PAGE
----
Strange Songs, Inc.

Ann Landers at Work
Dear Ann Landers:
Here’s my problem,
I’m gay and I’m in love.
Her name is “Hilda” and
When I’m with her
Trumpets blare above!

She’s a lesbian; she says I’m not her type,
And I confess I wish she were a man.
She’s just Hilda—wonderful Hilda!
So what should I do,

Ann Landers was a newspaper advice columnist who retired in 2002, and this little song is one of the many I’ve written in my life, most of them comic in nature. As mentioned in a prior post (see “The Boot Camp Fiasco,” April 21, 2010), writing songs has occasionally gotten me into trouble (my very first song was a nasty little ditty about my sister, which was not popular with its immediate subject), but for the most part the songs have been well-received and I’m proud of them.

I’m a Gilbert and Sullivan aficionado (see “A Fanatic’s Tale—This Isn’t Pretty,” April 11, 2010), and their works have heavily influenced me, particularly Gilbert’s clever lyrics for patter songs. But my touchstone consists of the wonderful comic songs of Tom Lehrer. If you don’t know them, I highly recommend downloading them from iTunes or buying them online. No one has ever written comic lyrics more beautifully, cleverly, intelligently rhymed than Lehrer. His masterpiece is called “Smut,” but it’s too long for repetition here. Instead I’ll give you one of his shorter pieces, “The Old Dope Peddler,” sung to a melody dripping in nostalgia:

Tom Lehrer at Work
When the shades of night are falling,
Comes a fellow ev'ryone knows,
It's the old dope peddler,
Spreading joy wherever he goes.

Ev'ry evening you will find him,
Around our neighborhood.
It's the old dope peddler
Doing well by doing good.

He gives the kids free samples,
Because he knows full well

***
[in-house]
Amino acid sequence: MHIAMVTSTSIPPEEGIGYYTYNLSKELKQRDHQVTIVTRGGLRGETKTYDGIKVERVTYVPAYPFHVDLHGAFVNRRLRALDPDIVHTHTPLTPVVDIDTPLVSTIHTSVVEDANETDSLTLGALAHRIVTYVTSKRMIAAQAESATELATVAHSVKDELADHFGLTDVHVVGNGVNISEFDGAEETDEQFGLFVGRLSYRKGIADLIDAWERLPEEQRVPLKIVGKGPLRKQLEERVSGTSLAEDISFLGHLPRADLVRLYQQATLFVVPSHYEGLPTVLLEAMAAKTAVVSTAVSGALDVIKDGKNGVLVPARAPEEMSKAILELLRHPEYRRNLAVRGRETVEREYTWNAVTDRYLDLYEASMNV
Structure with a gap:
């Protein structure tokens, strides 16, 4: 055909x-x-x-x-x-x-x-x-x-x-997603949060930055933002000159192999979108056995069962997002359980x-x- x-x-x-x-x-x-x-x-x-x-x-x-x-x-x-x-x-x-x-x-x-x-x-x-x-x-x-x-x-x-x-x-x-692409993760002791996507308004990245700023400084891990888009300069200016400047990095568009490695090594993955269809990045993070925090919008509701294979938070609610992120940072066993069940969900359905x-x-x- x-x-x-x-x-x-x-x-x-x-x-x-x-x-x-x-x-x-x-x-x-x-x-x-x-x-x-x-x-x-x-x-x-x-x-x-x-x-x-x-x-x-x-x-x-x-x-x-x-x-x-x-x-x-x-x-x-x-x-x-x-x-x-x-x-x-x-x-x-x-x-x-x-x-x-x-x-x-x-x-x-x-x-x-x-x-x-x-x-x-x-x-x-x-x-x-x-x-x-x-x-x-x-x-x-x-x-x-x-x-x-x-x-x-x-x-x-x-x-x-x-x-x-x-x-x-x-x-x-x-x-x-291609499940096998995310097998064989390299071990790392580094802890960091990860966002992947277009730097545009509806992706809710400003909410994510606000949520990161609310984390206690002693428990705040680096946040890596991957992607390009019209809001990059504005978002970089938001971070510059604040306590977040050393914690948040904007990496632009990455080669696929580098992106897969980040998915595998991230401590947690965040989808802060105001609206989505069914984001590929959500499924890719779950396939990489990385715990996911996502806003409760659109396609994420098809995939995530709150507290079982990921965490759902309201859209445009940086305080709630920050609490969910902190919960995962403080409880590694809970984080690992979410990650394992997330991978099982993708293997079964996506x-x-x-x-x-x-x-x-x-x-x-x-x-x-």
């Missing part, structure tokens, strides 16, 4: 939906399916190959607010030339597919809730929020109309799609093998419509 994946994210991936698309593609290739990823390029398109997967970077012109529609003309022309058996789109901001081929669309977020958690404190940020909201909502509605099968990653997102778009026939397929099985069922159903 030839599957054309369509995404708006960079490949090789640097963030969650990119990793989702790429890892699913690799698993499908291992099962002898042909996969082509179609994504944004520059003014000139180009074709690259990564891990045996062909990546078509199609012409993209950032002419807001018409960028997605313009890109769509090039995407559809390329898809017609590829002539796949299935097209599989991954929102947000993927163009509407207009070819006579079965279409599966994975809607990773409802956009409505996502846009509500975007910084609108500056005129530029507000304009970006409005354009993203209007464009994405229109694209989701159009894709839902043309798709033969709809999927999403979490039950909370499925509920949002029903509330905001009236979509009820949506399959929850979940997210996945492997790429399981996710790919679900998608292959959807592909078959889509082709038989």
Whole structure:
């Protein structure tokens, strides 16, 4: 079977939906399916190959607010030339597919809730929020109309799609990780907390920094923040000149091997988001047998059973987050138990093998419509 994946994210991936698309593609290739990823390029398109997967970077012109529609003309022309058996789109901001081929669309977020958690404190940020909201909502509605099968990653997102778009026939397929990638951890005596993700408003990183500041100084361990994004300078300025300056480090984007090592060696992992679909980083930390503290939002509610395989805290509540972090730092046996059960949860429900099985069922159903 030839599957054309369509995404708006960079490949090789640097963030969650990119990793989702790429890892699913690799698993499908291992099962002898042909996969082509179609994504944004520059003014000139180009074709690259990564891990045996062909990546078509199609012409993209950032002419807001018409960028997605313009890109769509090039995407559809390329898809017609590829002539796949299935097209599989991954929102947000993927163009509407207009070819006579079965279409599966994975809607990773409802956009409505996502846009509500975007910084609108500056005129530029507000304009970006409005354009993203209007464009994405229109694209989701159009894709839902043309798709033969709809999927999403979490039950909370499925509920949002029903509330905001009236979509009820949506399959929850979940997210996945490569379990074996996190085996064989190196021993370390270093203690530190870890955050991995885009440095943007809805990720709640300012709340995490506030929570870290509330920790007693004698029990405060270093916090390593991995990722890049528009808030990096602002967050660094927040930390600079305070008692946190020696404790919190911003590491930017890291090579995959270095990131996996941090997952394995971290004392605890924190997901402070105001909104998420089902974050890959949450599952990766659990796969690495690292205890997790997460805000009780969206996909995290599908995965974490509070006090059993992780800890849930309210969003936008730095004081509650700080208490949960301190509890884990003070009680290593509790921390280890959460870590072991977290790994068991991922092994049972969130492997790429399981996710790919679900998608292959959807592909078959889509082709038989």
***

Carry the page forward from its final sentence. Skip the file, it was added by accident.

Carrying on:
That today's young innocent faces
Will be tomorrow's clientele.

Here's a cure for all your troubles,
Here's an end to all distress.
It's the old dope peddler
With his powdered ha-happiness.

Gregory Stobbs at Work
In the 1970s two of my law students were talented musicians and when they became interested in my songs, we embarked upon the project of making a record. These two remarkable people changed my life. Gregory Stobbs, now a lawyer in Michigan, has spent his life trying to keep his love of music from devouring him. After taking piano lessons for many years he suddenly realized he could play anything at all he liked on the piano just by thinking of the melody, at which point he more or less abandoned reading sheet music. This talent proved very useful for our album. All I had to do was write out the melody line and Greg would take it from there, producing some terrific arrangements of the songs. Tim Ihle, now a member of the California bar, is also a major musical genius. He’s the best pianist I’ve ever seen at sight-reading music. The first time he looks at the music and plays it he might stumble here and there, but the second time his performance will be flawless, and on the third he might add some ornamentation. Both are fine singers, not only having beautiful voices, but real ability to sell a song, and, in my songs, they also demonstrate their exquisite comic timing. Compare that with my croaking: I can hit the notes all right, and I’m loud, but there is nothing pretty about those notes, and no one wants an album of me singing, say, love songs.